In other words, to what extent might such documents be used in an educational sense, whether in the sense of providing knowledge and information about a topic, providing a structured review of a topic area and the issues associated with it, raising questions about an…

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The Higher Education and Research Bill

The Disorder Of Things

The third and final reading of the UK’s HE Bill has been scheduled for next Monday, 21 November. If it passes the Commons and then the Lords, it will become law. Thanks in part to the turmoil around Brexit, this Bill has flown under the radar for virtually everyone, perhaps even most students and academics. But the consequences, if it passes, will be disastrous. Many academics seem to think it is just yet another piece of regulatory dross, yet another bureaucratic millstone to add to the many around their necks – and thus barely worth registering a protest about. The reality is actually very different. As I’ve warned on this blog before, the Bill will have a drastic impact on the economy of UK HE, and on the education we provide. Last-ditch resistance is urgently needed.

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#opened16 live blog: Gardner Campbell

Kicking things off here in Richmond, VA. we have our first keynote, Gardner Campbell.  The presentation began with a video montage featuring (among other things) a young Bob Dylan; quotes and graphs about different educational models; sections of It’s a Wonderful Life; Indie music; and end scenes from One Flew Over the Cuckoos Nest.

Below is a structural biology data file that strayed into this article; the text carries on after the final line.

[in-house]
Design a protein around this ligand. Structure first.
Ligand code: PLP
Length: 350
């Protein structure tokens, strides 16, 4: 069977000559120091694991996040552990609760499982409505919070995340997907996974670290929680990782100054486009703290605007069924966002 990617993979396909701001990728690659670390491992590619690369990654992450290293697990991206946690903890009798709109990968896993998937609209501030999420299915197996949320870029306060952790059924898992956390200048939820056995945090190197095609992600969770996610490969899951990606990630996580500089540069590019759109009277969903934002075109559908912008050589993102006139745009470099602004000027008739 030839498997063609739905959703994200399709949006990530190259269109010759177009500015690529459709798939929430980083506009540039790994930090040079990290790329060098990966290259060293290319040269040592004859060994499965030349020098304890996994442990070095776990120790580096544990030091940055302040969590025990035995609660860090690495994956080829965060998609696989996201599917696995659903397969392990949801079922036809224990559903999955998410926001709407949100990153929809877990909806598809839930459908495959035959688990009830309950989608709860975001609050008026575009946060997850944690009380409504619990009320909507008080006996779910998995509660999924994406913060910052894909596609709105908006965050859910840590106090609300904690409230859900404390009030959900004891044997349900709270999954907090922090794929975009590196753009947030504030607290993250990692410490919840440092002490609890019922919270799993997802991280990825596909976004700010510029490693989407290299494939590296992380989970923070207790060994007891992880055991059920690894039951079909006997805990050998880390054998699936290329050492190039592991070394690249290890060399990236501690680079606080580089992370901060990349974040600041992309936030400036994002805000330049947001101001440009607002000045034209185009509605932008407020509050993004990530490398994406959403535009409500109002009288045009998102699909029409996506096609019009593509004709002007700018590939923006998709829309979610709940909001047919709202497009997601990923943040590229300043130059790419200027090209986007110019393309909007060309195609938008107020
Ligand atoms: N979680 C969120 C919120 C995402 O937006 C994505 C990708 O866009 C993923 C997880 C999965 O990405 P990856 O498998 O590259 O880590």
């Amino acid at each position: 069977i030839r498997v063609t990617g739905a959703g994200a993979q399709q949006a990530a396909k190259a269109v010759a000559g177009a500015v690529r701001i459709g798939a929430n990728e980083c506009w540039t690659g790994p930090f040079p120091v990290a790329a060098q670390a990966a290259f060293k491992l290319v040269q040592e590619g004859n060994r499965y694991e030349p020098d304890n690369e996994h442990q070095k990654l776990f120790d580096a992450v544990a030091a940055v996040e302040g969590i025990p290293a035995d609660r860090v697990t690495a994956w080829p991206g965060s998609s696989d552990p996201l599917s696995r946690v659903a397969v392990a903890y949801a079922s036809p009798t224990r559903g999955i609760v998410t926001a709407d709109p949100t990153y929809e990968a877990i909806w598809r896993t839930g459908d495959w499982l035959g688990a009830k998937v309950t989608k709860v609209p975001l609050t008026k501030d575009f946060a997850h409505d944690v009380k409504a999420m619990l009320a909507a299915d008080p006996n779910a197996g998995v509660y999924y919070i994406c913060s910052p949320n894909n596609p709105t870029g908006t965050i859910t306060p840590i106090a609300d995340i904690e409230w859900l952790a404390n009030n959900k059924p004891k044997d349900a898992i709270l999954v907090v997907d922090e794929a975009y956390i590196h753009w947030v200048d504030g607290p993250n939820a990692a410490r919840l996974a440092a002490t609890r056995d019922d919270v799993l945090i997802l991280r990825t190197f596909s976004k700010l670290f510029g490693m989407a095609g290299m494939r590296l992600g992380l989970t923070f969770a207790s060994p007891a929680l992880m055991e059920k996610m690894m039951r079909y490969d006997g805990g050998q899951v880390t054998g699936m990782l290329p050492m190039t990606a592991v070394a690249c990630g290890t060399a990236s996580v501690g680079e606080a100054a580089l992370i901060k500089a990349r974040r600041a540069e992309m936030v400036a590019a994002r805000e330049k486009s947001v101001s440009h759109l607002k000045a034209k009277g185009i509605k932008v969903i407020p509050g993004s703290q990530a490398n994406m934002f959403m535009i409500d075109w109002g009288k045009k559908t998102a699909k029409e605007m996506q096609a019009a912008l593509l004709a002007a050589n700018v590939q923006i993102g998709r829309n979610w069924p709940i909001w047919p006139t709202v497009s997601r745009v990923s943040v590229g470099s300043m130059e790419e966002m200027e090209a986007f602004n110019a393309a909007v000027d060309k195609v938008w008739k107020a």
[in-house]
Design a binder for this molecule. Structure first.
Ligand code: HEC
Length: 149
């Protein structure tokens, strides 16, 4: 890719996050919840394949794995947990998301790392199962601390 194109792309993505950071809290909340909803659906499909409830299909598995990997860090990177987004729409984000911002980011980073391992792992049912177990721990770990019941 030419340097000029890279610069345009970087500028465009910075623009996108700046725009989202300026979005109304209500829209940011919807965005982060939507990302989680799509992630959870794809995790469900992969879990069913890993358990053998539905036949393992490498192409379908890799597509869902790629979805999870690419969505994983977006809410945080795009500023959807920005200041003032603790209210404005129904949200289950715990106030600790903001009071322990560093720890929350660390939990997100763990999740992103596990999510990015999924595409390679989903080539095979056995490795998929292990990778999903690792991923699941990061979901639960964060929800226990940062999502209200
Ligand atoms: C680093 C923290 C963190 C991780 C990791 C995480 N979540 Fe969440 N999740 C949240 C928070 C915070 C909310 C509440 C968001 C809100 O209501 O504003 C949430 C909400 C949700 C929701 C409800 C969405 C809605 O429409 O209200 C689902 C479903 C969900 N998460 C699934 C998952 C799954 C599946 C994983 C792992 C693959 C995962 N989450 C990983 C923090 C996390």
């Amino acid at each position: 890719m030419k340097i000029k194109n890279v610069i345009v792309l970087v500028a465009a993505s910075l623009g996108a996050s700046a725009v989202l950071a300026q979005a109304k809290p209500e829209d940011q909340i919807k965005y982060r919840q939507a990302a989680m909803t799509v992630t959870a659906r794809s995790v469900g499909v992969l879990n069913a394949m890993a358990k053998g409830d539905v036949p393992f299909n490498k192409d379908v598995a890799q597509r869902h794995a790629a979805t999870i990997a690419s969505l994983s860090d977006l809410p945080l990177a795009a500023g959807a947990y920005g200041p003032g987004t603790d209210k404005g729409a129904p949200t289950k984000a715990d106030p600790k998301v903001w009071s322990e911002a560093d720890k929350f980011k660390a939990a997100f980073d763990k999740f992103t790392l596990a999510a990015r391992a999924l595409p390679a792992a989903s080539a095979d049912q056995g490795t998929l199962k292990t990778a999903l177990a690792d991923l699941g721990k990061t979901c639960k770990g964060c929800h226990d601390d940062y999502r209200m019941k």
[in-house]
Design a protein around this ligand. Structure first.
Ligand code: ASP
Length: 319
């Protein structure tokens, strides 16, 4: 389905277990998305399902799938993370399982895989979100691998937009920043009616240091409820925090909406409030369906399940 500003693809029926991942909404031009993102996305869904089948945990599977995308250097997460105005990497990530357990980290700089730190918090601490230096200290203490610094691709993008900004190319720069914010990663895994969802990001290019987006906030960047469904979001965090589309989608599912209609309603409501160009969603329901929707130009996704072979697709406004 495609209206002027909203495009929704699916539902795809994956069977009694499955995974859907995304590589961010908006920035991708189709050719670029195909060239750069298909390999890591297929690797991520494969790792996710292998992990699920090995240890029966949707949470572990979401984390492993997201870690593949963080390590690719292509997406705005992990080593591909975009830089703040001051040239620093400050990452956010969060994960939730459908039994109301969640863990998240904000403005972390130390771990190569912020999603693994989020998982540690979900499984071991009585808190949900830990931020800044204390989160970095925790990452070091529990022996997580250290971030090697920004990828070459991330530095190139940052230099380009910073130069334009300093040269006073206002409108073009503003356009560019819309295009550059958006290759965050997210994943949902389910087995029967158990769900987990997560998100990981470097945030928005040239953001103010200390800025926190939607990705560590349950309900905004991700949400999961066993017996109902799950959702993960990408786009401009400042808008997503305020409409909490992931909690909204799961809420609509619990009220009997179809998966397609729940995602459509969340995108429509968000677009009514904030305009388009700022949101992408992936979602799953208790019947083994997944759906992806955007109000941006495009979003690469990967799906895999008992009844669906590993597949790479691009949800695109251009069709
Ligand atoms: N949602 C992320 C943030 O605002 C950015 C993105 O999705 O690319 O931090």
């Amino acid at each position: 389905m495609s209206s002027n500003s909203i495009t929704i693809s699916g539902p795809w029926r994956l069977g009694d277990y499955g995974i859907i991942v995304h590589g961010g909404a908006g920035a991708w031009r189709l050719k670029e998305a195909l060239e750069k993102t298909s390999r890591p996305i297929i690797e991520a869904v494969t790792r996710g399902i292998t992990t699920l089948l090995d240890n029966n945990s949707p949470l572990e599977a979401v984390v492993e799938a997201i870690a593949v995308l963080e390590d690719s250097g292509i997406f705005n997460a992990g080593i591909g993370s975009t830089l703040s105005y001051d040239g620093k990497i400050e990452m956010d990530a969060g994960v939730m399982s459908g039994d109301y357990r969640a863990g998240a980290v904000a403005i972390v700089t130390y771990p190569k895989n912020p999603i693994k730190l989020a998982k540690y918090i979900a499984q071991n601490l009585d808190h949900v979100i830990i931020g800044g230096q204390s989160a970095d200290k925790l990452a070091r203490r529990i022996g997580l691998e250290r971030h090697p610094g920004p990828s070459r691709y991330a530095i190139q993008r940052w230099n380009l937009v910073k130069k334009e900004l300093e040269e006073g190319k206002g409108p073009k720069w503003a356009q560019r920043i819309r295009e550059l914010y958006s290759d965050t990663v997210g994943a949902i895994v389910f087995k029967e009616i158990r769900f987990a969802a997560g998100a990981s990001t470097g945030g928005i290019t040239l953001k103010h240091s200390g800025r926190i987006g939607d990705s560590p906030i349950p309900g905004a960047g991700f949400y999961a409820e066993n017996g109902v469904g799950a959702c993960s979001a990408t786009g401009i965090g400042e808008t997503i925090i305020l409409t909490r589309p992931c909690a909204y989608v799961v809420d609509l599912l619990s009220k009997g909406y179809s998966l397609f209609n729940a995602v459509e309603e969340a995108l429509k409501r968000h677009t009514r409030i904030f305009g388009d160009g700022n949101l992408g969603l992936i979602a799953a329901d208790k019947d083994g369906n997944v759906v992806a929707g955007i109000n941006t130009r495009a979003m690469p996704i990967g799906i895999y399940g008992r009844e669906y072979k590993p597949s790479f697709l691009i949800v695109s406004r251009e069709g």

We were then introduced to Robert Wagner Dodge, a ‘smokejumper‘ who escaped a raging forest fire by acting rather counter intuitively.  He lit a fire in front of him, reasoning that once the smaller fire had burned out he could shelter in the ashes.  None of his companions would follow him, and they perished.  Campbell refers to this kind of learning as ‘insight’.

‘Insight’ is a term that has grown in use as civilisation has become more complex.  There are many synonyms for insight (both formal and informal) and the word is used in many ways.  We normally understand it as:

  • an accurate and deep understanding of a person or thing
  • the capacity to gain an accurate and deep understanding of a person or thing

From psychiatry:

  • a breakthrough in understanding one’s own mental illness

Insight-oriented psychotherapy relies on conversation between therapist and patient.  (It can be contrasted with biomedical approaches that place the emphasis on medication.)

The question is posed:  why do insights come to us in the way they do?  A typical process might look like this:

  • Concentrate
  • Search
  • Mental block/Impasse
  • Distraction/Relaxation
  • *space*
  • Problem is somehow solved; a solution presents itself
  • Feeling of certainty – the Eureka!